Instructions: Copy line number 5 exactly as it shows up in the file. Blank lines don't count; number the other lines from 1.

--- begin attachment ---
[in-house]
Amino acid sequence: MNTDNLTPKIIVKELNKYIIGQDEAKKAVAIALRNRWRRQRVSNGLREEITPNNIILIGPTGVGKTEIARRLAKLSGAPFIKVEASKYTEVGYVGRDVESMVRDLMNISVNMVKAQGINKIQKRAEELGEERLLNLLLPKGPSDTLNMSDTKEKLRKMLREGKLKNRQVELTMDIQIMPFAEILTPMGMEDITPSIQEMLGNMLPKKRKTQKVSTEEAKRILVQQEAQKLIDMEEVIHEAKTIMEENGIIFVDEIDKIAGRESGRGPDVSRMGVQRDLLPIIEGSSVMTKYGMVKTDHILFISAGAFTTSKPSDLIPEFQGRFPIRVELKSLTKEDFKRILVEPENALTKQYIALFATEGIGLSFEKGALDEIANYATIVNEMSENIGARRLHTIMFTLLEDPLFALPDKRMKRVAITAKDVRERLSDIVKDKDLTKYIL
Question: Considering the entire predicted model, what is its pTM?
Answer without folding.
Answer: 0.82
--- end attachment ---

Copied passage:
Answer: 0.82